A federal judge has dismissed an explosive lawsuit filed by several young women who accused a prominent private high school in Oklahoma City of fostering a culture of sexual abuse and harassment.
In Oklahoma City federal court, U.S. District Judge David L. Russell threw out the case against Mount St. Mary High School, which was brought by more than a dozen Jane Does who claimed breach of contract, negligence, intentional infliction of emotional distress, public nuisance and violations of Title IX.
In his ruling Russell agreed with defense attorneys that the statute of limitations had run out to file a Title IX case.
Title IX, the federal law prohibiting sex discrimination in schools — including sexual harassment and sexual assault — mandates that schools receiving federal funding have in place personnel and procedures to ensure a thorough and fair hearing for both the accuser and the accused.
Federal funding recently by Mount St. Mary included more than $679,000 in COVID-19 relief money, according to previous Oklahoma State Department of Education data reviewed by The Oklahoman.
What was alleged in the Title IX lawsuit?
The lawsuit, initially filed in Oklahoma County District Court in May 2022, claimed Mount St. Mary fostered “a rape culture that is unsafe for women and girls, discourages reporting and shames those who do not report assault and other sexual misconduct.”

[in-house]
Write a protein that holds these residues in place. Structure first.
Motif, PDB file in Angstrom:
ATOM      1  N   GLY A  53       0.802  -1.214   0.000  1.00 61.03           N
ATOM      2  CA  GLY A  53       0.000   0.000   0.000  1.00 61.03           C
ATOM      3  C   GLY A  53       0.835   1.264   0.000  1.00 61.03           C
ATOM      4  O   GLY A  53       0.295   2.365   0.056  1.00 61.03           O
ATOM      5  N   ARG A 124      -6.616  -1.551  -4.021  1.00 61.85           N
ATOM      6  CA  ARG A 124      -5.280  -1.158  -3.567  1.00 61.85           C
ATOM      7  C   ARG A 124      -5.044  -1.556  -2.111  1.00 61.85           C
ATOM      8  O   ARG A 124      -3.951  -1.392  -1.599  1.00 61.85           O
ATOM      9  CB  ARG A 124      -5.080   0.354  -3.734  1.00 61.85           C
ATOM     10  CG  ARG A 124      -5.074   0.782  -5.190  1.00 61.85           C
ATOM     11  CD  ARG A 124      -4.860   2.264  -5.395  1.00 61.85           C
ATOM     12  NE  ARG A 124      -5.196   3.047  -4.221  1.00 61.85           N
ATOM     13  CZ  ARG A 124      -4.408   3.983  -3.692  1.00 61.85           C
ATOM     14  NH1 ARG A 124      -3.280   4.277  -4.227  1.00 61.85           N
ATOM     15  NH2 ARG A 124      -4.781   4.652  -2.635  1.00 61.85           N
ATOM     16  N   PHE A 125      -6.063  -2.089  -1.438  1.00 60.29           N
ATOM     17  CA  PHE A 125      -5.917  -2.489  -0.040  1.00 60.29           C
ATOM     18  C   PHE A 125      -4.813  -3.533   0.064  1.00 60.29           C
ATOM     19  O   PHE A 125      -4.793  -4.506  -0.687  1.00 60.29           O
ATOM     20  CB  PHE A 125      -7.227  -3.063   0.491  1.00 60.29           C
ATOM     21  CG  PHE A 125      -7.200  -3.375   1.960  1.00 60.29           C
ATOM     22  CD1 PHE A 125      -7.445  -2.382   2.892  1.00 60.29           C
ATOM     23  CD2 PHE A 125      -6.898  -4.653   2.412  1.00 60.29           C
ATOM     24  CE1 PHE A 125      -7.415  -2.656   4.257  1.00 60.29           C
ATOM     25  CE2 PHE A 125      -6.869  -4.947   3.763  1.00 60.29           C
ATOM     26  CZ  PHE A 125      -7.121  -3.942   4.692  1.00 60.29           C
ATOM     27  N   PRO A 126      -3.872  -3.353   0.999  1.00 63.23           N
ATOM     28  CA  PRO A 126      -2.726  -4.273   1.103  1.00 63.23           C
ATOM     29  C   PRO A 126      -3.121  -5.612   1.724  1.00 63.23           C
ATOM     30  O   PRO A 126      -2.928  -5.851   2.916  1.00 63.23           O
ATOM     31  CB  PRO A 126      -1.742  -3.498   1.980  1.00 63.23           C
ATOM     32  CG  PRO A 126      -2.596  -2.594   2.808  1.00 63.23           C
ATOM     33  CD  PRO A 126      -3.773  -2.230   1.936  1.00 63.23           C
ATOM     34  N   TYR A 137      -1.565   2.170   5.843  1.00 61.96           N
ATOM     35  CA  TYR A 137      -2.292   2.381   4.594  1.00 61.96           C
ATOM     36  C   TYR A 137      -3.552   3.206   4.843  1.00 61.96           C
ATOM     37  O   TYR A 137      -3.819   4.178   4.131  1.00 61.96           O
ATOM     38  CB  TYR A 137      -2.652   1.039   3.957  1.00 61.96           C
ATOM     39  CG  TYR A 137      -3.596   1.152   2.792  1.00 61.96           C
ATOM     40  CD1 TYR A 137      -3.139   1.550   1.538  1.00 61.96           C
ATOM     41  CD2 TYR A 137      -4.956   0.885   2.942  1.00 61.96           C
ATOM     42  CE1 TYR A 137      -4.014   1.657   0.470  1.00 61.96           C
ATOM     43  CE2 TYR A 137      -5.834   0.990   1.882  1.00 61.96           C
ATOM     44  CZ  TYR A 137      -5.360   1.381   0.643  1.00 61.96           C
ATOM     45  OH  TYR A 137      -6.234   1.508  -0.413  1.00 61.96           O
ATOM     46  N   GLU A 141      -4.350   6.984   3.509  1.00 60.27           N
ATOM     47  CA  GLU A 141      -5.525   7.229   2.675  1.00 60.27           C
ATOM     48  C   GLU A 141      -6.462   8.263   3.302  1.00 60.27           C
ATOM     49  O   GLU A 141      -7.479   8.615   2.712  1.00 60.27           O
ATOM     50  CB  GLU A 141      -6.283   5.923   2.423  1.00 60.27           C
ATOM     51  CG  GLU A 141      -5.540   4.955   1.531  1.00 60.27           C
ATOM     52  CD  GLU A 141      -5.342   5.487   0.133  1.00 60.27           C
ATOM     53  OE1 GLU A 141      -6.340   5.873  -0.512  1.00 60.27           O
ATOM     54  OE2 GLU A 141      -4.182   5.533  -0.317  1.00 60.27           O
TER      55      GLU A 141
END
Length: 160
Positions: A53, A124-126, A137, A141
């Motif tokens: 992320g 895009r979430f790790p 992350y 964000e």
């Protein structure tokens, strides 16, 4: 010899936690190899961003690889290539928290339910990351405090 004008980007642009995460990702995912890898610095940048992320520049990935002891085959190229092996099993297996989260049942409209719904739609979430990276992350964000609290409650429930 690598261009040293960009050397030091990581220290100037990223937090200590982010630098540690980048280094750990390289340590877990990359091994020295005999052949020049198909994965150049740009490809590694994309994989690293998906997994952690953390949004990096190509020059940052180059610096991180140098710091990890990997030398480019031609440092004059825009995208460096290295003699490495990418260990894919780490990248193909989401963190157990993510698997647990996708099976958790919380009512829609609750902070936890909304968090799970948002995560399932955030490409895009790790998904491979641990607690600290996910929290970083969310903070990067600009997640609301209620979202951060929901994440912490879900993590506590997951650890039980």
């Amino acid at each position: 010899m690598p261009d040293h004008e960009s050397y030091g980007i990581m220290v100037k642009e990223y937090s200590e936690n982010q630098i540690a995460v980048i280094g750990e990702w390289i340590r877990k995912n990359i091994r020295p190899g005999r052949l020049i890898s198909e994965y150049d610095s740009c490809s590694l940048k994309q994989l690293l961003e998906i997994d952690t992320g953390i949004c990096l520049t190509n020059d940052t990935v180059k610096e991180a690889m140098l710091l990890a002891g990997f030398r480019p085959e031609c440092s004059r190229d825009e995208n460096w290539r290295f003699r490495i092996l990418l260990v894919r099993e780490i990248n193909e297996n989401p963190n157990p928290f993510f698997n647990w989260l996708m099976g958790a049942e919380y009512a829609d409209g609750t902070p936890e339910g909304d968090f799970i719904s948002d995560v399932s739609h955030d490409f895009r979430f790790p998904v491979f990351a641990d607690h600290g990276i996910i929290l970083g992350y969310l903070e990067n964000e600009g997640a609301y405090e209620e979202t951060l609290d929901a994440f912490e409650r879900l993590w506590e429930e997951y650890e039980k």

Last year, The Oklahoman reported extensively on the accusations, the lawsuit and the fallout, which included an independent investigation, a student walkout and three resignations.
The alleged incidents on school property included a male student masturbating in front of a female student, a female student forcibly moved into a stairwell where she was kissed and groped against her will, a sexual assault on a school bus returning from a baseball game, multiple male athletes groping women at school, and an adult coach slapping a female student’s buttocks as she entered a classroom.
Other allegations included incidents during athletic events when men and boys would squirt water from water bottles onto the breast and genital areas of women and girls in view of coaches.
Students allegedly circulated to each other sexually explicit and inappropriate videos of other students — with the knowledge of teachers, staff and administration — and discussed the sexual “skills” and proclivities of female students.
Former principal Talita DeNegri resigned, followed by an assistant principal and a former guidance counselor.
A former Oklahoma teacher of the year, DeNegri stepped down after 19 years as principal.
After her resignation, the Archdiocese of Oklahoma City issued a statement that “an independent investigation revealed The Mount administrative leadership failed to take action in response to reported allegations of sexual harassment and assault by students against other students.”
A spokesperson for the Archdiocese could not be reached for comment Monday.
Former principal hired as executive assistant at Oklahoma School of Science and Mathematics
DeNegri this month was hired as an executive assistant at the Oklahoma School of Science and Mathematics in Oklahoma City according to Oklahoma Watch.